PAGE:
“Cuban cinema is trying, in the midst of so many setbacks, to take flight.” These were the words of Iván Giroud at the opening of the 42nd International Festival of New Latin American Cinema also known as the Havana Film Festival which went ahead in Cuba to present almost 100 contemporary films and documentaries from 3-13 December.
The 2020 festival has been adapted to Covid-19 restrictions, but rather than cancelling it altogether like many international film festivals have done, its organizers decided to divide the festival into two stages: the December traditional event that would only screen films, and the judging and presenting of awards, lectures and debates are planned to be held in a second stage, March 11-21, 2021.
So the event’s Coral Awards will be presented during the second stage of the festival, and participants will discuss the theme proposed during the closing ceremony of the previous festival: cinema of young filmmakers in Latin America.
During the first stage of the festival, the sections ‘Latin America in Perspective’ and ‘International Contemporary Panorama’ were presented at Havana cinemas 23 y 12, Riviera, Yara, La Rampa and Acapulco, with strict sanitary measures and reduced capacity.
Under the slogan ‘Lo que receto el doctor’ (What the doctor ordered), the promotional image of this year’s festival alludes to medicine and health personnel, in gratitude for their work fighting Covid-19; which is why the two parts of this festival have been referred to as two doses of a medicine.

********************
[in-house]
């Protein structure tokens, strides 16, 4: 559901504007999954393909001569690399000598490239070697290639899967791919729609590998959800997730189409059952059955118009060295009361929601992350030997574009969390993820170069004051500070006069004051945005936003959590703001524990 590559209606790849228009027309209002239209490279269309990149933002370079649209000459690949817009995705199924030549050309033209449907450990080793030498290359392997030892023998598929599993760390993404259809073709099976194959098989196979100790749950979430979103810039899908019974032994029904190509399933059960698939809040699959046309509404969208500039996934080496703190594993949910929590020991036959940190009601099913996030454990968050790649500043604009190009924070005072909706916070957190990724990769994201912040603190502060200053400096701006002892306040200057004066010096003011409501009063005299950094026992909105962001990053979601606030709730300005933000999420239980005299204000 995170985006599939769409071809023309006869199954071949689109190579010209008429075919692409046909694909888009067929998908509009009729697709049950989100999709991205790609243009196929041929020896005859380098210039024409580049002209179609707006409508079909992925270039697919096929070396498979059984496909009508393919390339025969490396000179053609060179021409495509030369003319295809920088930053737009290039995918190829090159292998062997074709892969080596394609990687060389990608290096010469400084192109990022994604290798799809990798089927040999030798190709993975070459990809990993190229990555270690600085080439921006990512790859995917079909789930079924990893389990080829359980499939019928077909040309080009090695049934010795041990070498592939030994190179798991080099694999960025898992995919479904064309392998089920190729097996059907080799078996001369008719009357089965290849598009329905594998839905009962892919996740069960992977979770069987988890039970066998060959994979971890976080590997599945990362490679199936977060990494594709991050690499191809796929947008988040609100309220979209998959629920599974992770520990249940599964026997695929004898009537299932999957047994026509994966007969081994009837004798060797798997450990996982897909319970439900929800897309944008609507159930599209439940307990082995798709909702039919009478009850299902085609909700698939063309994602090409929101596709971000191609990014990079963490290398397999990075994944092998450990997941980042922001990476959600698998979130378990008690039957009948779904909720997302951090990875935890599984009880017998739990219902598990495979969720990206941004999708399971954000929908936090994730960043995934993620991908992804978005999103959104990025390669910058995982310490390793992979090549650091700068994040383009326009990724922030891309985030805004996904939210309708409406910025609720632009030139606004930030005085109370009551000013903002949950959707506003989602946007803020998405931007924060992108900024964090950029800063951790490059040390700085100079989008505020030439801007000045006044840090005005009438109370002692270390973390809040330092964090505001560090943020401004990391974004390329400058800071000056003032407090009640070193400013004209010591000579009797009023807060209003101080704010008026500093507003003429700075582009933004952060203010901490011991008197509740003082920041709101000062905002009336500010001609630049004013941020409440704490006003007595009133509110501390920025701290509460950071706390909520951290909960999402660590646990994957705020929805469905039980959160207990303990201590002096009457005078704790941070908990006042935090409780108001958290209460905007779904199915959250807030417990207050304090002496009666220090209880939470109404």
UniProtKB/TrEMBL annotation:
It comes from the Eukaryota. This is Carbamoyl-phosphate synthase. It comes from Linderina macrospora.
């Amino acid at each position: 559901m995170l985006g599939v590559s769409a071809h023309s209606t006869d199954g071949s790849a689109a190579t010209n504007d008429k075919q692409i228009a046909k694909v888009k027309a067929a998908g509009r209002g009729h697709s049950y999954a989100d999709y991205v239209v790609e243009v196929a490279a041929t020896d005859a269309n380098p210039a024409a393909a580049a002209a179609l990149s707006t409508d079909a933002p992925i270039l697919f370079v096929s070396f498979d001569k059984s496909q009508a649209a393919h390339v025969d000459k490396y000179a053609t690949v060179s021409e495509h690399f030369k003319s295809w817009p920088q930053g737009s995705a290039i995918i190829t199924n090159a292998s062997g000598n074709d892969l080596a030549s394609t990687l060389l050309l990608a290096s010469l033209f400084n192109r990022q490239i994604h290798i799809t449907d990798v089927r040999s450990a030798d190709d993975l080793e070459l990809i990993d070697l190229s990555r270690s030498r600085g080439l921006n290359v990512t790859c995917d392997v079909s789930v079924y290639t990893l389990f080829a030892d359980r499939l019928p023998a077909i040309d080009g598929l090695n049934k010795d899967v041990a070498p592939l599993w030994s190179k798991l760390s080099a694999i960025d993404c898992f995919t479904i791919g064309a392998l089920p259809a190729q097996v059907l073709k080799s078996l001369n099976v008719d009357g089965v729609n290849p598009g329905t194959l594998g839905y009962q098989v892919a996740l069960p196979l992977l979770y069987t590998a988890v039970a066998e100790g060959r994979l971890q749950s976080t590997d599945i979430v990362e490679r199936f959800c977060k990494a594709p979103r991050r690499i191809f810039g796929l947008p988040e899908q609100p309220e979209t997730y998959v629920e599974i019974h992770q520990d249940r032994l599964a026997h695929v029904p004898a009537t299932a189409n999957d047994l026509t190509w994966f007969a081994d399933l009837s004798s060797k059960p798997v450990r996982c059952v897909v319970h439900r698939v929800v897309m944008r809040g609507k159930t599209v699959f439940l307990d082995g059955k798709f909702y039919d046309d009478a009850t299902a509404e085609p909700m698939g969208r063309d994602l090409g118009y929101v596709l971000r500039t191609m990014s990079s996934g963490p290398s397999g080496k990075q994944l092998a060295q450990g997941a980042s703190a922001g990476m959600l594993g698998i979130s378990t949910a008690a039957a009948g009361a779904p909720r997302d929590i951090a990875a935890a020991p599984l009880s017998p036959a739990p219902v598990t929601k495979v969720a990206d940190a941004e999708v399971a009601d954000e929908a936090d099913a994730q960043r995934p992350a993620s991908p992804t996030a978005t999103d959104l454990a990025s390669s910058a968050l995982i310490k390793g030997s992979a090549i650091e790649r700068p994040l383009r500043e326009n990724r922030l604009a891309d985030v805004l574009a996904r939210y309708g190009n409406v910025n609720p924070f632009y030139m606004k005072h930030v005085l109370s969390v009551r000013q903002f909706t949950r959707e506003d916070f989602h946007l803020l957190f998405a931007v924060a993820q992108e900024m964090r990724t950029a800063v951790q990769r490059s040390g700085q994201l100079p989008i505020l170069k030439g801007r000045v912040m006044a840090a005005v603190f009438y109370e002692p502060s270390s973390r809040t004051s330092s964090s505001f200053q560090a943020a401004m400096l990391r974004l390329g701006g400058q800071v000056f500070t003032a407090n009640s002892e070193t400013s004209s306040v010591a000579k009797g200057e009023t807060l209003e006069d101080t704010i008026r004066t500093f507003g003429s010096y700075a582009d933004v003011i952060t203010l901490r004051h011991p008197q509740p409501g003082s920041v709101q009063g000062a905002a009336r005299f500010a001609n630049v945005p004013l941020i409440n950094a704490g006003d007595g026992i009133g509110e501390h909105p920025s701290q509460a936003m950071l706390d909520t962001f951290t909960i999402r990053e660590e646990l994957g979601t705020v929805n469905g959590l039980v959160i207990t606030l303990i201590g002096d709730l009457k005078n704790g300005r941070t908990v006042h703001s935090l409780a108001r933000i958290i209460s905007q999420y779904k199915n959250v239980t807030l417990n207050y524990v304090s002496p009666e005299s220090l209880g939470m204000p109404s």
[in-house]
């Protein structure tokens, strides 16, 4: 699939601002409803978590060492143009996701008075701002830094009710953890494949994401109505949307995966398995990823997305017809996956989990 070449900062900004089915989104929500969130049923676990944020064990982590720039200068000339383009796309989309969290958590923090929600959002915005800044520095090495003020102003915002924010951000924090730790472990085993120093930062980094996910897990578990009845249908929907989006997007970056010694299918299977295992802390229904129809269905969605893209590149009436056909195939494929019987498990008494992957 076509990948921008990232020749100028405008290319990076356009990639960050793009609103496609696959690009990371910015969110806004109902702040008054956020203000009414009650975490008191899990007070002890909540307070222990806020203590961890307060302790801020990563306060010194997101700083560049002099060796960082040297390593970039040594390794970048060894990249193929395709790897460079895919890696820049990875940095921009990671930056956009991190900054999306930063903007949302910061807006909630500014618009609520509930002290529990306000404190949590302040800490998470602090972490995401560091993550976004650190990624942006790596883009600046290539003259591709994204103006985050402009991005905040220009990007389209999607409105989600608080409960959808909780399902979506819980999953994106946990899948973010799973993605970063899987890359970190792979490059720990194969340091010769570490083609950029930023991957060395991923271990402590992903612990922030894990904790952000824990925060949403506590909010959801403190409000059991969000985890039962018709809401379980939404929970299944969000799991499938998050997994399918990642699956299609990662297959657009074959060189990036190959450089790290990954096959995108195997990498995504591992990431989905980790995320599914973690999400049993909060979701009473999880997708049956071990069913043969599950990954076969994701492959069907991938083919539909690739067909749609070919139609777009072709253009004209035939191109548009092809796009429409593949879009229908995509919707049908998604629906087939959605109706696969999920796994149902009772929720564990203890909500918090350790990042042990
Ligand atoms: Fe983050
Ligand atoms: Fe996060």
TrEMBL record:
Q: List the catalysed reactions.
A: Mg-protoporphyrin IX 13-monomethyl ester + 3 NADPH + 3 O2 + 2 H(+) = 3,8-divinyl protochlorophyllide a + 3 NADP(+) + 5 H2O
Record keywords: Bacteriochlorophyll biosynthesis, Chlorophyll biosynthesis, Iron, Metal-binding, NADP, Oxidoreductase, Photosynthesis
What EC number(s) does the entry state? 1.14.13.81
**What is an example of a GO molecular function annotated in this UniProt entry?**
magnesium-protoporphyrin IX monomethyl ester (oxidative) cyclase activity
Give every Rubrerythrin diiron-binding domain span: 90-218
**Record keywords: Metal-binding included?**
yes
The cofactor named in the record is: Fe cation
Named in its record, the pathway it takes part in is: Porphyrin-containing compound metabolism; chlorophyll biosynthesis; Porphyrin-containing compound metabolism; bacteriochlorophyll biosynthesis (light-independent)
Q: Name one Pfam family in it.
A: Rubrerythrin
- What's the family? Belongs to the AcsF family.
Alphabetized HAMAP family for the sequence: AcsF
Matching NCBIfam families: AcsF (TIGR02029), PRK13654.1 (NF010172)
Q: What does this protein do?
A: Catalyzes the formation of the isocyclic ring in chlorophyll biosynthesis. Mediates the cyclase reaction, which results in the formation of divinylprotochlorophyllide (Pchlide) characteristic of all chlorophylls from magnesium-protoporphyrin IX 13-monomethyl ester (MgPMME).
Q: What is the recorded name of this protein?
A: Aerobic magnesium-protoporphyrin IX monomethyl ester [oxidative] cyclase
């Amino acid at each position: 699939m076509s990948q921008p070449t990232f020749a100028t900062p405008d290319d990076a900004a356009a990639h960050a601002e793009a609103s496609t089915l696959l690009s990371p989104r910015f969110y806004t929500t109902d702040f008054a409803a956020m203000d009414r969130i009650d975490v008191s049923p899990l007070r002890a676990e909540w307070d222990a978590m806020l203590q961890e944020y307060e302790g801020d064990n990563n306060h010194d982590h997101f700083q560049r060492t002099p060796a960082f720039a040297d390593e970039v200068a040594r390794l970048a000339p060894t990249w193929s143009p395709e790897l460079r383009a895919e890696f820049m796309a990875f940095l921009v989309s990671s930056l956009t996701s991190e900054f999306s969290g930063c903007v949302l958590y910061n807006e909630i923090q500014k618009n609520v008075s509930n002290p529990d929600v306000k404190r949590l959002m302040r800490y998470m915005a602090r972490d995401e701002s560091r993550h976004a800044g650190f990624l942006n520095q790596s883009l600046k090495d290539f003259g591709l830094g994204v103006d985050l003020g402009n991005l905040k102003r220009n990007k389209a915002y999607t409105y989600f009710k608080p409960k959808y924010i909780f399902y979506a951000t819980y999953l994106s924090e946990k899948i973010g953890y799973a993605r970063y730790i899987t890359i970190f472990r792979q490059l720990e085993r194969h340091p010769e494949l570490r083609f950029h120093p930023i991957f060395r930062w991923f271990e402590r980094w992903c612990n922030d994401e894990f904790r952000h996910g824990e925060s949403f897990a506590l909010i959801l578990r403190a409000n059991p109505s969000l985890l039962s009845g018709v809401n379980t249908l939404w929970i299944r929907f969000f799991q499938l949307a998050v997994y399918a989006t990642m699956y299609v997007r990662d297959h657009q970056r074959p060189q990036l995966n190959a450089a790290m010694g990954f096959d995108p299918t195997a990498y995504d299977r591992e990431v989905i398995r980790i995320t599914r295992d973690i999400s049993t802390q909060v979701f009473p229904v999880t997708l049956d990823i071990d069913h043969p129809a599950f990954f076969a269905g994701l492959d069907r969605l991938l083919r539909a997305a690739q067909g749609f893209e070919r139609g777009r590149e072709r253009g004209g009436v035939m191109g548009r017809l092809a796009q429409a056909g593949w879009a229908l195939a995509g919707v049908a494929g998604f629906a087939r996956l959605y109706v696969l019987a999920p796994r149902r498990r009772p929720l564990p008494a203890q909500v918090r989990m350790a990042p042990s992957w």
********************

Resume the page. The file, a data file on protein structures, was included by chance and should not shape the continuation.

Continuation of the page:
The Festival’s opening ceremony presented the film ‘La ultima cena’ (The Last Supper), a recently restored classic by Cuban director Tomas Gutierrez Alea.
The other films shown in December came from Argentina, Brazil, Chile, Costa Rica, Ecuador, the United States, Great Britain, Mexico, Peru, the Dominican Republic, Venezuela, Honduras, Cuba, Puerto Rico and Colombia, among others.
One of the documentaries screened was ‘Havana Comes to Brooklyn’, by New York based Venezuelan director América Maldonado, reflects on the cultural ties between Cuba and the United States.
The film shows moments of a tour starring the American pianist Simone Dinnerstein together with the Lyceum Orchestra of Havana, the first great musical group of young Cubans to arrive in Brooklyn since 1959.
The film, nominated for the NY Emmy Awards in 2018, was shot during the normalization process of bilateral relations promoted by the administration of President Barack Obama.
‘Havana arrives in Brooklyn’ demonstrates the potential of art and music as a way to understand relations between the US and the island, which has suffered 60 years of the U.S. economic and commercial blockade.
According to the Festival’s president Ivan Giroud, only two competitive elements, Posters and Unpublished Scripts, would take place in the first stage. The young Cuban graphic designer Edel Rodríguez (Mola) won the poster section for his work ‘Matrioska’, based on the concept of Russian dolls.
Also during December was the official award ceremony of the 2020 National Film Award. This year distinguished Cuban filmmakers Juan Padron and Francisco (Paco) Prats were joint winners but sadly Paco Prats died earlier in the year before the official ceremony.
Adapted from Prensa Latina report here
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